Who is eligible for participation in the Stoma Appliance Scheme?
To access stoma related products under the SAS, a person must:
- have a temporary or permanent artificial body opening (created surgically or otherwise) which facilitates the removal of urine and/or products of the gastrointestinal tract where the person does not have normal gastrointestinal tract or bladder functions, and provide evidence, consisting of a certificate from a registered medical practitioner or STN in an approved form (PB049);
- be an eligible person within the meaning of the Health Insurance Act 1973. An eligible person means an Australian resident or an eligible overseas resident;
- reside in Australia in order to receive stoma-related products under the SAS (products will not be supplied under the Scheme if a period of more than six months is spent overseas); and
- have one of the following forms of identifying information which must be provided as part of a claim for payment for the supply of a product:
- a current Medicare or Department of Veterans’ Affairs entitlement number;
- a current Australian Reciprocal Medicare Card number (if the person is a resident of a country that has signed a Reciprocal Health Care Agreement with Australia); or
- a current passport number if the person is a resident of New Zealand or the Republic of Ireland.
Reciprocal Healthcare Agreements
Visitors to Australia who are eligible to receive benefits under a Reciprocal Health Care Agreement (RHCA) can access stoma-related products under the SAS for the period of their stay in Australia by virtue of subsection 7(2) of the Health Insurance Act 1973.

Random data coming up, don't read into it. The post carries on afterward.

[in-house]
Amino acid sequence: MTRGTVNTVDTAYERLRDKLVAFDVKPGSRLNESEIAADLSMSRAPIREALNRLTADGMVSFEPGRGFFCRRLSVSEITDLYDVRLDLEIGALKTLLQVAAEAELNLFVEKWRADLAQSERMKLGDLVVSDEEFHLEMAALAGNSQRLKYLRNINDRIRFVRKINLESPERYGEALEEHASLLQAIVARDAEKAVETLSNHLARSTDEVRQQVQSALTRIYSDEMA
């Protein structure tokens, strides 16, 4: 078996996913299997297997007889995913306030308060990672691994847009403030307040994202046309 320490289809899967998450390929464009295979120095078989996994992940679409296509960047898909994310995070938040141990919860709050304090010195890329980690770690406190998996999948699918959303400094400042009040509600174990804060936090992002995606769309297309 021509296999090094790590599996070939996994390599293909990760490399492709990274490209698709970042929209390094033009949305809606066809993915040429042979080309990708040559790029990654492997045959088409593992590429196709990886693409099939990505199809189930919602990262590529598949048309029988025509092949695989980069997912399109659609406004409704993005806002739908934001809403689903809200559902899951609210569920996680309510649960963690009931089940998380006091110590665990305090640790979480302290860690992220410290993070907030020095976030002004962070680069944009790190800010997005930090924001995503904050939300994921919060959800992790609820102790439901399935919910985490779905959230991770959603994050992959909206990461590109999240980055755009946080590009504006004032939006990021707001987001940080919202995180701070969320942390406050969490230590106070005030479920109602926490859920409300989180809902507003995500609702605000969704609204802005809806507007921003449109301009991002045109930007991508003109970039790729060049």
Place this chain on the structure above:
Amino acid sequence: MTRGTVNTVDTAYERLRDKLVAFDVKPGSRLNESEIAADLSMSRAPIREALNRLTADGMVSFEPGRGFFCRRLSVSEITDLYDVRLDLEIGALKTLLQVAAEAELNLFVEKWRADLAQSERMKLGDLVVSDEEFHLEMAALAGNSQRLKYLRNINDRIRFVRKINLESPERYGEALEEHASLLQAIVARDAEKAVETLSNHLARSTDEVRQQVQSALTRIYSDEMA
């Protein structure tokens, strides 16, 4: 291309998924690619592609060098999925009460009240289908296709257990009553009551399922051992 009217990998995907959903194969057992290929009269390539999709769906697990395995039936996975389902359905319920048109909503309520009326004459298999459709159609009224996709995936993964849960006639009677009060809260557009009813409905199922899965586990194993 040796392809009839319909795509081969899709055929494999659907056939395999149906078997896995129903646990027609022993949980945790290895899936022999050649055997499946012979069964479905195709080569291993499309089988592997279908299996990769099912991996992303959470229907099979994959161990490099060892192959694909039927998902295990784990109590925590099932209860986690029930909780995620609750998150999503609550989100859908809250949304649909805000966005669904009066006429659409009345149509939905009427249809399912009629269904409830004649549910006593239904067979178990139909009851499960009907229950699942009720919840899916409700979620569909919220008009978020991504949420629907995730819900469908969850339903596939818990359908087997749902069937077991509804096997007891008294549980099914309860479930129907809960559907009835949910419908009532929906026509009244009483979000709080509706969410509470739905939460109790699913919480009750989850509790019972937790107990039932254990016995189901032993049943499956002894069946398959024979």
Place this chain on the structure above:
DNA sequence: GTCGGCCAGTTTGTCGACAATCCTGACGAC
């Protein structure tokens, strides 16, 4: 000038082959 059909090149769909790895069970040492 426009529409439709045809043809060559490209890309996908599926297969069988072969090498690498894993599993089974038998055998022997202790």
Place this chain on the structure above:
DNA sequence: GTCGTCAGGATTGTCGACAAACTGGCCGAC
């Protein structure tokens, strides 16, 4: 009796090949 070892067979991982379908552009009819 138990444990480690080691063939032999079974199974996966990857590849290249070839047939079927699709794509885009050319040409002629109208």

There is no legislative basis for visitors to Australia to be excluded from receiving products through programs subsidised under Section 9A of the National Health Act 1953 (unless the Guidelines for the program specifically state the exclusion). Therefore, access to benefits under the RHCAs should be honoured by the SAS.
The RHCAs do not exclude pre‑existing conditions from eligibility; the only exclusion is ‘medical tourism’, where someone enters Australia for the express purpose of receiving treatment. It is at the discretion of the stoma association as to whether the visitor is required to become a temporary association member.
Norfolk Island members
From 1 July 2016 mainland Australian taxation, social security, immigration, biosecurity, customs and health arrangements, including Medicare and the Pharmaceutical Benefits Scheme, were extended to Norfolk Island. Ostomates residing in Norfolk Island must still satisfy the definition of an ‘SAS participant’ and meet general eligibility requirements.